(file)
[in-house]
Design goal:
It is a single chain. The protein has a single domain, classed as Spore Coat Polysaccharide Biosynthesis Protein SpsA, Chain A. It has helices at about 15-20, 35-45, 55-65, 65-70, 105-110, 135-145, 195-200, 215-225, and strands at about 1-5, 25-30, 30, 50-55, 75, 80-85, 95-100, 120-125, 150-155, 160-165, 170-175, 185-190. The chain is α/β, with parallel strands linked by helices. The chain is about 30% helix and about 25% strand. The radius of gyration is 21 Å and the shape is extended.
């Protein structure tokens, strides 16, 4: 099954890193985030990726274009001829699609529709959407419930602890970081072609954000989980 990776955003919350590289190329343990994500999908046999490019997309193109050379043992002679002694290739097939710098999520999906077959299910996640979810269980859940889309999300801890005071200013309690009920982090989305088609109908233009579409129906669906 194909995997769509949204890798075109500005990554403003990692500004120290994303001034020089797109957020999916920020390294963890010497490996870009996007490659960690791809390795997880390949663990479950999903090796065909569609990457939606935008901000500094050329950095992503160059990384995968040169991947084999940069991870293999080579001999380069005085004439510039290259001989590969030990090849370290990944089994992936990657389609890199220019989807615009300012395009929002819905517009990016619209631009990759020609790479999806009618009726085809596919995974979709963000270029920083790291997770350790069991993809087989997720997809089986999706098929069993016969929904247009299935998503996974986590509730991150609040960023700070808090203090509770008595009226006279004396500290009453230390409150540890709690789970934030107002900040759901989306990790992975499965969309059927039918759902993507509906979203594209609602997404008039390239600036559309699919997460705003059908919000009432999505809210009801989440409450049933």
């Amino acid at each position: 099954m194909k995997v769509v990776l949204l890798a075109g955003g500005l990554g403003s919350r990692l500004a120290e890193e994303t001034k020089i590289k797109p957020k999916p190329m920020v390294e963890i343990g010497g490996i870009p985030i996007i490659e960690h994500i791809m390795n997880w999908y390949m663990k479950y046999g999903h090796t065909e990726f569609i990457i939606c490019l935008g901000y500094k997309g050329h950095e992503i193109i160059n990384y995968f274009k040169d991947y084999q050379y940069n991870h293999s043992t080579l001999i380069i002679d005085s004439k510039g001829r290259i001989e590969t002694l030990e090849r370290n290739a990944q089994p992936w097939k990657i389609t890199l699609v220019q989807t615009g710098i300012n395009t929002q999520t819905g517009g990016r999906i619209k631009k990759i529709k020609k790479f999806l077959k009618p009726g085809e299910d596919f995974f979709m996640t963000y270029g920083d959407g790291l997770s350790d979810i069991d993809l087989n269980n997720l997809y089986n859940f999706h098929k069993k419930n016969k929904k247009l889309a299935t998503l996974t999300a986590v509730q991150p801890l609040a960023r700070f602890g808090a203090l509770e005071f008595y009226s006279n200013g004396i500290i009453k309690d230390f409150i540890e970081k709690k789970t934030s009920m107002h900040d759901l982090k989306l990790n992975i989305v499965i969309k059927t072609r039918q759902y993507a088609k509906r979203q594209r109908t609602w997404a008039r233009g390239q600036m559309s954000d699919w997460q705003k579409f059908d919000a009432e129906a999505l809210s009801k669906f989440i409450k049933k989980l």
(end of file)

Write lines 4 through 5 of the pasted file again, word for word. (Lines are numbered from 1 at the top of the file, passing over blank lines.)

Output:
């Protein structure tokens, strides 16, 4: 099954890193985030990726274009001829699609529709959407419930602890970081072609954000989980 990776955003919350590289190329343990994500999908046999490019997309193109050379043992002679002694290739097939710098999520999906077959299910996640979810269980859940889309999300801890005071200013309690009920982090989305088609109908233009579409129906669906 194909995997769509949204890798075109500005990554403003990692500004120290994303001034020089797109957020999916920020390294963890010497490996870009996007490659960690791809390795997880390949663990479950999903090796065909569609990457939606935008901000500094050329950095992503160059990384995968040169991947084999940069991870293999080579001999380069005085004439510039290259001989590969030990090849370290990944089994992936990657389609890199220019989807615009300012395009929002819905517009990016619209631009990759020609790479999806009618009726085809596919995974979709963000270029920083790291997770350790069991993809087989997720997809089986999706098929069993016969929904247009299935998503996974986590509730991150609040960023700070808090203090509770008595009226006279004396500290009453230390409150540890709690789970934030107002900040759901989306990790992975499965969309059927039918759902993507509906979203594209609602997404008039390239600036559309699919997460705003059908919000009432999505809210009801989440409450049933």
């Amino acid at each position: 099954m194909k995997v769509v990776l949204l890798a075109g955003g500005l990554g403003s919350r990692l500004a120290e890193e994303t001034k020089i590289k797109p957020k999916p190329m920020v390294e963890i343990g010497g490996i870009p985030i996007i490659e960690h994500i791809m390795n997880w999908y390949m663990k479950y046999g999903h090796t065909e990726f569609i990457i939606c490019l935008g901000y500094k997309g050329h950095e992503i193109i160059n990384y995968f274009k040169d991947y084999q050379y940069n991870h293999s043992t080579l001999i380069i002679d005085s004439k510039g001829r290259i001989e590969t002694l030990e090849r370290n290739a990944q089994p992936w097939k990657i389609t890199l699609v220019q989807t615009g710098i300012n395009t929002q999520t819905g517009g990016r999906i619209k631009k990759i529709k020609k790479f999806l077959k009618p009726g085809e299910d596919f995974f979709m996640t963000y270029g920083d959407g790291l997770s350790d979810i069991d993809l087989n269980n997720l997809y089986n859940f999706h098929k069993k419930n016969k929904k247009l889309a299935t998503l996974t999300a986590v509730q991150p801890l609040a960023r700070f602890g808090a203090l509770e005071f008595y009226s006279n200013g004396i500290i009453k309690d230390f409150i540890e970081k709690k789970t934030s009920m107002h900040d759901l982090k989306l990790n992975i989305v499965i969309k059927t072609r039918q759902y993507a088609k509906r979203q594209r109908t609602w997404a008039r233009g390239q600036m559309s954000d699919w997460q705003k579409f059908d919000a009432e129906a999505l809210s009801k669906f989440i409450k049933k989980l």